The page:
4. Ruth was leaving her people. But she loved Naomi and would readily accept Naomi’s people as her own even without knowing of them: “thy people shall be my people.
  5. Next is a comment of profound meaning and application to husbands, wives, and neighbors, and the Church: “thy God (will be) my God.” What was the power that brought Ruth to accept our God? Was it not an unyielding love for Naomi? If we love our lost husbands or wives enough, will they not be drawn to accept the God we love and serve? When neighbors see our love, and return it, will they not be drawn to the same God we serve?
  6. We see that Ruth’s commitment was unending by the next comment: “Where thou diest, will I die, and there will I be buried.” Not only would Ruth live with Naomi in this new land of Bethlehem until Naomi slept with her fathers, but she would remain afterward to be buried there as well. Naomi’s land would become, in every way, the land of Ruth. Ruth would be buried, decades later, nearby to Naomi.
  7. Ruth sealed her vow by the name of the Lord in whom she had come to trust through Naomi: “the LORD do so to me, and more also, if ought but death part thee and me.” Every time we mention the Lord’s name, either in prayer or in a vow, we must mean it with all of our hearts, else we have taken the name of the Lord in vain. Ruth did not – she MEANT it, and she DID it!


When another speaks with undeniable conviction and resolution, there is no point in arguing with them:

I wish I could meet such a lady as Ruth, and witness her heart of love and loyalty. If I guard my own heart in faith, I surely shall be privileged to do so in the eternity to come.

There is such beauty in Ruth that no artist could possible portray on canvas. It is humbling to undertake to capture such beauty by mortal hands. Just as an artist attempts to imitate the beauty of God’s Creation with his brushes, so do we undertake with our little pens to describe that beauty in the words of mere man. It cannot be done! But I strive to capture as much beauty as my unclean hands can write. I love this story of redemption – it is a perfect picture of Christ and the Church as we shall later see. How wonderful it is to see this promise related in word-pictures in the midst of the Old Testament! Just remember the story centers, at first on two women – one Jewish, and another a Gentile. These two women travel to Bethlehem Judah where the Gentile woman (Ruth) meets with her Kinsman-Redeemer. Perhaps you have met with him, too, as you traveled from the sinful land of perished hopes and dreams (Moab) to Bethlehem (Christ).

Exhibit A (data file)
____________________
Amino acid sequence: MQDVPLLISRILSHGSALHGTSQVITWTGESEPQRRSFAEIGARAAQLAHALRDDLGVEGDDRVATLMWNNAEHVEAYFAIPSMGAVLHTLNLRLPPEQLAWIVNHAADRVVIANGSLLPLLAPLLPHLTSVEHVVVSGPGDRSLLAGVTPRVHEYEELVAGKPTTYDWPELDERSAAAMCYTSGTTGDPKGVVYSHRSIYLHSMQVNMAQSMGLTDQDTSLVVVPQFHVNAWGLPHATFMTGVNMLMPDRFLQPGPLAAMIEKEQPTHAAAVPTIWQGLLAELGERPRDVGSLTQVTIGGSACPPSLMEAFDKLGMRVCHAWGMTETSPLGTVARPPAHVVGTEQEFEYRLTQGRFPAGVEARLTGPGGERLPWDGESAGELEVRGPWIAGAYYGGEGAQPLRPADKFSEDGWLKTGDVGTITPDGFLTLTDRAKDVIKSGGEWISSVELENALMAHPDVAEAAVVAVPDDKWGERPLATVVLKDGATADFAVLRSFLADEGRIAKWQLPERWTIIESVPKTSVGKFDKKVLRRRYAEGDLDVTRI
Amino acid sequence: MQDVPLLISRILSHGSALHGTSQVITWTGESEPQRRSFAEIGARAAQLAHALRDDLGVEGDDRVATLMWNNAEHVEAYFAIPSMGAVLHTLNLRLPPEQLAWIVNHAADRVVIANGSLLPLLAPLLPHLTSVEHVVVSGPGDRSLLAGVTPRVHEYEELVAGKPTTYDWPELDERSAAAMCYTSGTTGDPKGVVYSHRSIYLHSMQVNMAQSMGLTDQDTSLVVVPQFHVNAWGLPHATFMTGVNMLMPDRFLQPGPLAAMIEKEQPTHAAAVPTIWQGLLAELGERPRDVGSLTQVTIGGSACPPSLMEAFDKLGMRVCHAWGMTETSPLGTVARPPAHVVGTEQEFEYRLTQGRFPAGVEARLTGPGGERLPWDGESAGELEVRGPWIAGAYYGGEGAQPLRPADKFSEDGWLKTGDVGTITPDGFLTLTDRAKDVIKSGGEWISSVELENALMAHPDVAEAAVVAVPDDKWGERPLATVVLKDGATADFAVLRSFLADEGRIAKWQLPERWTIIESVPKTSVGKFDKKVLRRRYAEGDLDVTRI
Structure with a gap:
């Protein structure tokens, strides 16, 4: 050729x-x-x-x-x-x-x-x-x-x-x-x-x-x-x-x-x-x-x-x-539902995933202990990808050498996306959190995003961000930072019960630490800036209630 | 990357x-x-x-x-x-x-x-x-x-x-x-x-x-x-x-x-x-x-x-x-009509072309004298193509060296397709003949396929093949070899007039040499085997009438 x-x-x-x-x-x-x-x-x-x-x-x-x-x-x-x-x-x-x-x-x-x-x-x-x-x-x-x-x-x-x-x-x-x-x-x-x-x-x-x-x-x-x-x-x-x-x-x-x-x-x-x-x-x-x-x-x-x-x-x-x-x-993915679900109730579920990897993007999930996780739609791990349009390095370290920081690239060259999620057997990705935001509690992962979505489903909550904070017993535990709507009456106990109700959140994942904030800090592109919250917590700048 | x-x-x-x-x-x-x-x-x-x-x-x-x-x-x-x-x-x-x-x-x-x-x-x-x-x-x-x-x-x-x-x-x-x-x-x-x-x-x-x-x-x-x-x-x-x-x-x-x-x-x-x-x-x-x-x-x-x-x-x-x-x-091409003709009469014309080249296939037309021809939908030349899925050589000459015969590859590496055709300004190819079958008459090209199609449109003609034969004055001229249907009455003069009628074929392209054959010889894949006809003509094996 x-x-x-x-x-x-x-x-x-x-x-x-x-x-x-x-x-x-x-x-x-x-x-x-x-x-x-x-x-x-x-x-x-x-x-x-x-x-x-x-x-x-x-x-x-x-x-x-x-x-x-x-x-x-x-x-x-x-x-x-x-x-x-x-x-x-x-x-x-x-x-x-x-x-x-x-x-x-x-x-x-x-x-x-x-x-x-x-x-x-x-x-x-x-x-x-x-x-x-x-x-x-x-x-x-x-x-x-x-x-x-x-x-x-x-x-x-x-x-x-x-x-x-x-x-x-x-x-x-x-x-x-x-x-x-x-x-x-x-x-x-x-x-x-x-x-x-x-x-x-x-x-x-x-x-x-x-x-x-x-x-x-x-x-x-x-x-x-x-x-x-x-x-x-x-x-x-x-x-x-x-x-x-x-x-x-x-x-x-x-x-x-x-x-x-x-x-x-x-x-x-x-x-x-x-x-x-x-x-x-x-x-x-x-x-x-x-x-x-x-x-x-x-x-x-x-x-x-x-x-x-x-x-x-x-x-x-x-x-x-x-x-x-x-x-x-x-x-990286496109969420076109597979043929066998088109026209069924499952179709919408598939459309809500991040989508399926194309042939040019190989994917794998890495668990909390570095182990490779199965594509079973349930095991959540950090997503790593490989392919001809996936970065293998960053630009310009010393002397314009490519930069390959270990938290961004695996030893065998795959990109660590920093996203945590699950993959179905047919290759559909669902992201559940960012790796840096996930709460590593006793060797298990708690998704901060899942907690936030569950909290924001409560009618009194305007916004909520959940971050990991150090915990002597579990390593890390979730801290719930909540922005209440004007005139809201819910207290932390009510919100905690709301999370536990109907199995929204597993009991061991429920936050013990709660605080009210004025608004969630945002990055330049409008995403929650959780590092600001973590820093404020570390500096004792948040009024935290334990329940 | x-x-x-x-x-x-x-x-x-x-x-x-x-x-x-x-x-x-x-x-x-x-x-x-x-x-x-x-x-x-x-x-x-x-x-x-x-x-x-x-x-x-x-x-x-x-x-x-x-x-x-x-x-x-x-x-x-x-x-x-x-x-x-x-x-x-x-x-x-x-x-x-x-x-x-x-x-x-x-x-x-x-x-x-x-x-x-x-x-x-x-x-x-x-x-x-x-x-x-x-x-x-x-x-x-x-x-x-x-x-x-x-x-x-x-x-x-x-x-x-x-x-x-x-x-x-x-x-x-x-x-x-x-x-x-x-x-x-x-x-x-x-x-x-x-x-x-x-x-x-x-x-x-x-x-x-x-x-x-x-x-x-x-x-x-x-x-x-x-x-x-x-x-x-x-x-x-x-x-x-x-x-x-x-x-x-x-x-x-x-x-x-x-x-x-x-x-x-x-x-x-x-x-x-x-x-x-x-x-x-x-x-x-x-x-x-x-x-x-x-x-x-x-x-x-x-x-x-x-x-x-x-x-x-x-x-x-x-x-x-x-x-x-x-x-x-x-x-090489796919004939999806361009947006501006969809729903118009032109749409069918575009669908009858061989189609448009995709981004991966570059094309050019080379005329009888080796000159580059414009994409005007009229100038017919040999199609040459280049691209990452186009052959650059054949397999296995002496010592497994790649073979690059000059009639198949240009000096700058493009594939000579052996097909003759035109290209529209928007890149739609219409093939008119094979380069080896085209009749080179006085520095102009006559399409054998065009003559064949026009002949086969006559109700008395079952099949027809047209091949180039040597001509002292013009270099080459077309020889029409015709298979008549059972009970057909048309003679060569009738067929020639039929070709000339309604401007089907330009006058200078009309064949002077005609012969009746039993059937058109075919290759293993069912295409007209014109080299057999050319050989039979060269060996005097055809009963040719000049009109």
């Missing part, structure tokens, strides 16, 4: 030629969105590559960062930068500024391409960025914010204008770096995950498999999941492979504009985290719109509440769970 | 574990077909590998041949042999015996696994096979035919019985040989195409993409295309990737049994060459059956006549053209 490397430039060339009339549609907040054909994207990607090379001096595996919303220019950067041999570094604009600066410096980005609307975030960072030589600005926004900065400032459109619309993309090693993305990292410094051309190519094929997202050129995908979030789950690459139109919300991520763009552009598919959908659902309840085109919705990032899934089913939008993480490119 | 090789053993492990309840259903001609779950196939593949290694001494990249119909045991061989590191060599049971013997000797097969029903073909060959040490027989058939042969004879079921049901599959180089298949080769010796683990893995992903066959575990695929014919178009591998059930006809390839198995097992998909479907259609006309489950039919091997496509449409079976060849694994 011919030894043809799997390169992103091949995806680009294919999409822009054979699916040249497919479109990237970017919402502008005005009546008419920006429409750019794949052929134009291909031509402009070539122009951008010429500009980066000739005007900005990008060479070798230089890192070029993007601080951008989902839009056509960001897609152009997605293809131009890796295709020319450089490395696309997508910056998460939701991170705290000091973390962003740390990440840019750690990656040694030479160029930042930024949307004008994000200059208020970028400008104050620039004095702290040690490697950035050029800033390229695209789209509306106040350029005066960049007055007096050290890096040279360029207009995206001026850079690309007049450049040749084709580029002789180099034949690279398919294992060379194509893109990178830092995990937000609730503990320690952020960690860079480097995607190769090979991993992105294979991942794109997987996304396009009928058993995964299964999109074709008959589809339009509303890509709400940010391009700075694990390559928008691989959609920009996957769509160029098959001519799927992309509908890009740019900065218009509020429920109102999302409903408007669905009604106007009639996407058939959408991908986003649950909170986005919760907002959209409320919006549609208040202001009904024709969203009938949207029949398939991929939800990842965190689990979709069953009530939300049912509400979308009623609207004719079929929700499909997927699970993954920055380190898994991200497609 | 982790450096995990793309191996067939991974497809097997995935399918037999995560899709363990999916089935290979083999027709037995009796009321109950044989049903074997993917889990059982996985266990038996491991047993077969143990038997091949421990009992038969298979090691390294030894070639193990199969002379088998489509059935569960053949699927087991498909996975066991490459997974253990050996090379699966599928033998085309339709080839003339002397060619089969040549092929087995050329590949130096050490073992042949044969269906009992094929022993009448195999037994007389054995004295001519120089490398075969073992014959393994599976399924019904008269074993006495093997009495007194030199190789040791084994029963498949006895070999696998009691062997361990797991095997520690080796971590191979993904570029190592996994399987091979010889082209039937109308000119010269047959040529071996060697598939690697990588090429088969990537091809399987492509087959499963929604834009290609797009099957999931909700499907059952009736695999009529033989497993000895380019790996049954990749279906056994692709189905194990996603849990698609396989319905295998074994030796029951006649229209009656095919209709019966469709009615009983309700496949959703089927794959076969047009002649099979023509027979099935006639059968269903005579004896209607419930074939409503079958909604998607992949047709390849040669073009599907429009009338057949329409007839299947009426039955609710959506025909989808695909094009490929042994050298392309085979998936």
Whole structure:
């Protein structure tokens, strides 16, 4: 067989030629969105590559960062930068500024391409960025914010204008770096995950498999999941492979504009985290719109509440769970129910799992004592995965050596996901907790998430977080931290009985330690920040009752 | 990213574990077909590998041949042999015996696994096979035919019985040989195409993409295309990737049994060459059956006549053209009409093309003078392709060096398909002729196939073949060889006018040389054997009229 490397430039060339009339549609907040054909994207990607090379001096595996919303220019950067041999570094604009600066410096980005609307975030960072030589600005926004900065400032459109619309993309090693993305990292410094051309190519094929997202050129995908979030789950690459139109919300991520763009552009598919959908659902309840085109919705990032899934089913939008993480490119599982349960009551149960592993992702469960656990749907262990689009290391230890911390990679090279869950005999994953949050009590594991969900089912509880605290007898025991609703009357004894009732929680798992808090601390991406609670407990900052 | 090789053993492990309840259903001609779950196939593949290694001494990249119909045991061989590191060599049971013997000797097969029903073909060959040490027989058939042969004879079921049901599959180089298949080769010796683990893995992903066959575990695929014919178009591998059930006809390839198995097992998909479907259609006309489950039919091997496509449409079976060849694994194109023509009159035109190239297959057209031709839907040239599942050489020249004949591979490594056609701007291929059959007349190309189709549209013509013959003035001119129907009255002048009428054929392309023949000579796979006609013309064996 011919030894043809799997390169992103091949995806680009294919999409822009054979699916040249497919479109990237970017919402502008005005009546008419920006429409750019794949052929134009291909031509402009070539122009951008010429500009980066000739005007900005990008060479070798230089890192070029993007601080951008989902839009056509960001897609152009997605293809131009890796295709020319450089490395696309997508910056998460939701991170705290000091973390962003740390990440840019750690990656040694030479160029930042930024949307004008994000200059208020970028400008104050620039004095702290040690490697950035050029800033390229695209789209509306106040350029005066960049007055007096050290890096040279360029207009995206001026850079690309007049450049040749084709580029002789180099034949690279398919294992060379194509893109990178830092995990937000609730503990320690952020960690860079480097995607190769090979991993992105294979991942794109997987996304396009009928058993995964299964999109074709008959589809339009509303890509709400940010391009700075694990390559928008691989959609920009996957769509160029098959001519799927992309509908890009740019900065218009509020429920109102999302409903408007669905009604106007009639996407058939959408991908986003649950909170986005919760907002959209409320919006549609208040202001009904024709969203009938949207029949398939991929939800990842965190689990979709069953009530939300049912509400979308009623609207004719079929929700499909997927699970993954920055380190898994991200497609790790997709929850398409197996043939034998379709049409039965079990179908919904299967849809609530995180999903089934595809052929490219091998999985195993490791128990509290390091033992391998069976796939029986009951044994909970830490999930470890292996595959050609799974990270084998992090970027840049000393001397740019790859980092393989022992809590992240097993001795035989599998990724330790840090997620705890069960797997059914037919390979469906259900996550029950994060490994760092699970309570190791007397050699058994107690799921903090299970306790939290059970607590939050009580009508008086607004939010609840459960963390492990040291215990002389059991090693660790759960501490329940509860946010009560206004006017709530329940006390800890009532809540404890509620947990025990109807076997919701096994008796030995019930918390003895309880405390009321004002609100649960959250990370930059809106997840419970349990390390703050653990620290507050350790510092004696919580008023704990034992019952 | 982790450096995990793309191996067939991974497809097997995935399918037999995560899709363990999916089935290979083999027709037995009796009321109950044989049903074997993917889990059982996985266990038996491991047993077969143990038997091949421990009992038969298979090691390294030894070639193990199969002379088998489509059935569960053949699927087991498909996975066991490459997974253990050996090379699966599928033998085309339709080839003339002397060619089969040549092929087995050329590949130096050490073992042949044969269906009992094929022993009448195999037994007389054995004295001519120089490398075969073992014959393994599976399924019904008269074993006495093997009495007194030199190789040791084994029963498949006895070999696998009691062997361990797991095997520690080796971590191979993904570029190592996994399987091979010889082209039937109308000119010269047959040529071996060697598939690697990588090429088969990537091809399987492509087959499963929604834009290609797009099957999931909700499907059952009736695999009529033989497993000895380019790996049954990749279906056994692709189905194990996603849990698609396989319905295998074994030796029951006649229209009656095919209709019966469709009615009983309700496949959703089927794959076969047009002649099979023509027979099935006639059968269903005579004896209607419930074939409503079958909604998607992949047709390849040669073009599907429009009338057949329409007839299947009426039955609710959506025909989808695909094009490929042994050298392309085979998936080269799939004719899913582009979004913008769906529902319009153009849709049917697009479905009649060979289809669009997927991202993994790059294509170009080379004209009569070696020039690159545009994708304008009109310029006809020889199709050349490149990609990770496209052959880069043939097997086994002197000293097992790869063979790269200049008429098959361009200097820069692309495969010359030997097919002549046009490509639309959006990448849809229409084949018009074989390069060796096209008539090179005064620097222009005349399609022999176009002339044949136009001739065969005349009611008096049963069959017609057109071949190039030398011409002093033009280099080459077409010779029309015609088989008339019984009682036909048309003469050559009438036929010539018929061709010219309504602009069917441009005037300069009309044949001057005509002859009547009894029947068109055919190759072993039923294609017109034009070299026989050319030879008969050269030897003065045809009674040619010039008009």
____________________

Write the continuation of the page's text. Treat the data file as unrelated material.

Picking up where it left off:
n this Book of Ruth, we are given the beautiful descriptions of seed-time and harvest, of gleaning behind the reapers that none should be lost. We will see also that the Kinsman-Redeemer who redeemed Ruth was not the nearest of blood kin to Naomi and Elimelech – there was another that was more closely and naturally related. Who might that be? It was another descendent of Adam whose blood is tainted with the poison of sin; but Boaz, is the redeemer who will pay whatever price he is able to pay to redeem the treasure of his heart (Ruth) – even the price of the cross – in latter days.

Please read this book with your spiritual eyes open, for it is a veritable treasure as you will see –  the Lord give us light to see the Light of Christ revealed in the shadows of its tall trees.



Prenez en Gré

In Christ Alone during Epiphany



 Jerry L. Ogles , D.D.

Presiding Bishop
Anglican Orthodox Communion Worldwide & Chancellor, Faith Theological Seminary

“Metus improbo compescit, non clementia.” – Syrus, MAXIMS:       Fear, not kindness, restrains the wicked!


Archbishop Thomas Cranmer – HOLY SCRIPTURE:
“If there were any word of God beside the Scripture, we could never be certain of God’s Word; and if we be uncertain of God’s Word, the devil might bring in among us a new word, a new doctrine, a new faith, a new church, a new god, yea himself to be a god. If the Church and the Christian faith did not stay itself upon the Word of God certain, as upon a sure and strong foundation, no man could know whether he had a right faith, and whether he were in the true Church of Christ, or a synagogue of Satan.”











By |2019-02-13T15:03:30+00:00February 13th, 2019|Sermons|Comments Off on Sermon Notes for 5th Sunday after Epiphany, 10 February 2019 Anno Domini